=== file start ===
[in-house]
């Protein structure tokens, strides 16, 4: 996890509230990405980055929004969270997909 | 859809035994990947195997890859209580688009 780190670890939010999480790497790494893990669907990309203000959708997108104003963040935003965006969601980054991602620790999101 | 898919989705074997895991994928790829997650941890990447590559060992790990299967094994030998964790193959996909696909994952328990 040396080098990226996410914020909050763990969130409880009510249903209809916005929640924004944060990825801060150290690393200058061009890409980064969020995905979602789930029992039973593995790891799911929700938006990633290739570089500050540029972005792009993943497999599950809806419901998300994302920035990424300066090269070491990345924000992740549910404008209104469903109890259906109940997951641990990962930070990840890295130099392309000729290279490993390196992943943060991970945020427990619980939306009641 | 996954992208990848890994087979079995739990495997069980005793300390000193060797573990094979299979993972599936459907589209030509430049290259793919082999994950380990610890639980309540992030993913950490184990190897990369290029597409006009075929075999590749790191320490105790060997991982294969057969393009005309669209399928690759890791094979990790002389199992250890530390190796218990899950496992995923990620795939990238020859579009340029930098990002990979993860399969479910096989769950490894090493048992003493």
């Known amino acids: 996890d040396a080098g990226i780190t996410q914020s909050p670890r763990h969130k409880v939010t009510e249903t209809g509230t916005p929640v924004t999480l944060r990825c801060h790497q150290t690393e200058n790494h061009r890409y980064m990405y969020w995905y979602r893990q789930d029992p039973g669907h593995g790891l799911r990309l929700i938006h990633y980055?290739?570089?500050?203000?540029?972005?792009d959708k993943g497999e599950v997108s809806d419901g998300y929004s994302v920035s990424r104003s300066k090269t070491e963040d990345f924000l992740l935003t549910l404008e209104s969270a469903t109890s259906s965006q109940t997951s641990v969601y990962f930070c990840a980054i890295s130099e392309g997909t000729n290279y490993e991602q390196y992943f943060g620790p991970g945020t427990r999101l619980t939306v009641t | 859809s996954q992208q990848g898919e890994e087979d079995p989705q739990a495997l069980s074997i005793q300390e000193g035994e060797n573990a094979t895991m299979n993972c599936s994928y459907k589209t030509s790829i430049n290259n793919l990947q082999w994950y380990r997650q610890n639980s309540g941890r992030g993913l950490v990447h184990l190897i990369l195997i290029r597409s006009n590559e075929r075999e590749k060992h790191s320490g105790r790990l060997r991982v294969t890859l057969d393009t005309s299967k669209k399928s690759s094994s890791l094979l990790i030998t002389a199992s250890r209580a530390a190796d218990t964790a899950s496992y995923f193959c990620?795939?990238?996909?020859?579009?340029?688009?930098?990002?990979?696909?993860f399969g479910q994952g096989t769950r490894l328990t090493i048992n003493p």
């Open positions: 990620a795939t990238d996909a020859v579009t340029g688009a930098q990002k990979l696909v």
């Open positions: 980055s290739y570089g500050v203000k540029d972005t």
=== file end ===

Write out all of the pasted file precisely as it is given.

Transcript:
[in-house]
């Protein structure tokens, strides 16, 4: 996890509230990405980055929004969270997909 | 859809035994990947195997890859209580688009 780190670890939010999480790497790494893990669907990309203000959708997108104003963040935003965006969601980054991602620790999101 | 898919989705074997895991994928790829997650941890990447590559060992790990299967094994030998964790193959996909696909994952328990 040396080098990226996410914020909050763990969130409880009510249903209809916005929640924004944060990825801060150290690393200058061009890409980064969020995905979602789930029992039973593995790891799911929700938006990633290739570089500050540029972005792009993943497999599950809806419901998300994302920035990424300066090269070491990345924000992740549910404008209104469903109890259906109940997951641990990962930070990840890295130099392309000729290279490993390196992943943060991970945020427990619980939306009641 | 996954992208990848890994087979079995739990495997069980005793300390000193060797573990094979299979993972599936459907589209030509430049290259793919082999994950380990610890639980309540992030993913950490184990190897990369290029597409006009075929075999590749790191320490105790060997991982294969057969393009005309669209399928690759890791094979990790002389199992250890530390190796218990899950496992995923990620795939990238020859579009340029930098990002990979993860399969479910096989769950490894090493048992003493």
């Known amino acids: 996890d040396a080098g990226i780190t996410q914020s909050p670890r763990h969130k409880v939010t009510e249903t209809g509230t916005p929640v924004t999480l944060r990825c801060h790497q150290t690393e200058n790494h061009r890409y980064m990405y969020w995905y979602r893990q789930d029992p039973g669907h593995g790891l799911r990309l929700i938006h990633y980055?290739?570089?500050?203000?540029?972005?792009d959708k993943g497999e599950v997108s809806d419901g998300y929004s994302v920035s990424r104003s300066k090269t070491e963040d990345f924000l992740l935003t549910l404008e209104s969270a469903t109890s259906s965006q109940t997951s641990v969601y990962f930070c990840a980054i890295s130099e392309g997909t000729n290279y490993e991602q390196y992943f943060g620790p991970g945020t427990r999101l619980t939306v009641t | 859809s996954q992208q990848g898919e890994e087979d079995p989705q739990a495997l069980s074997i005793q300390e000193g035994e060797n573990a094979t895991m299979n993972c599936s994928y459907k589209t030509s790829i430049n290259n793919l990947q082999w994950y380990r997650q610890n639980s309540g941890r992030g993913l950490v990447h184990l190897i990369l195997i290029r597409s006009n590559e075929r075999e590749k060992h790191s320490g105790r790990l060997r991982v294969t890859l057969d393009t005309s299967k669209k399928s690759s094994s890791l094979l990790i030998t002389a199992s250890r209580a530390a190796d218990t964790a899950s496992y995923f193959c990620?795939?990238?996909?020859?579009?340029?688009?930098?990002?990979?696909?993860f399969g479910q994952g096989t769950r490894l328990t090493i048992n003493p």
């Open positions: 990620a795939t990238d996909a020859v579009t340029g688009a930098q990002k990979l696909v």
């Open positions: 980055s290739y570089g500050v203000k540029d972005t």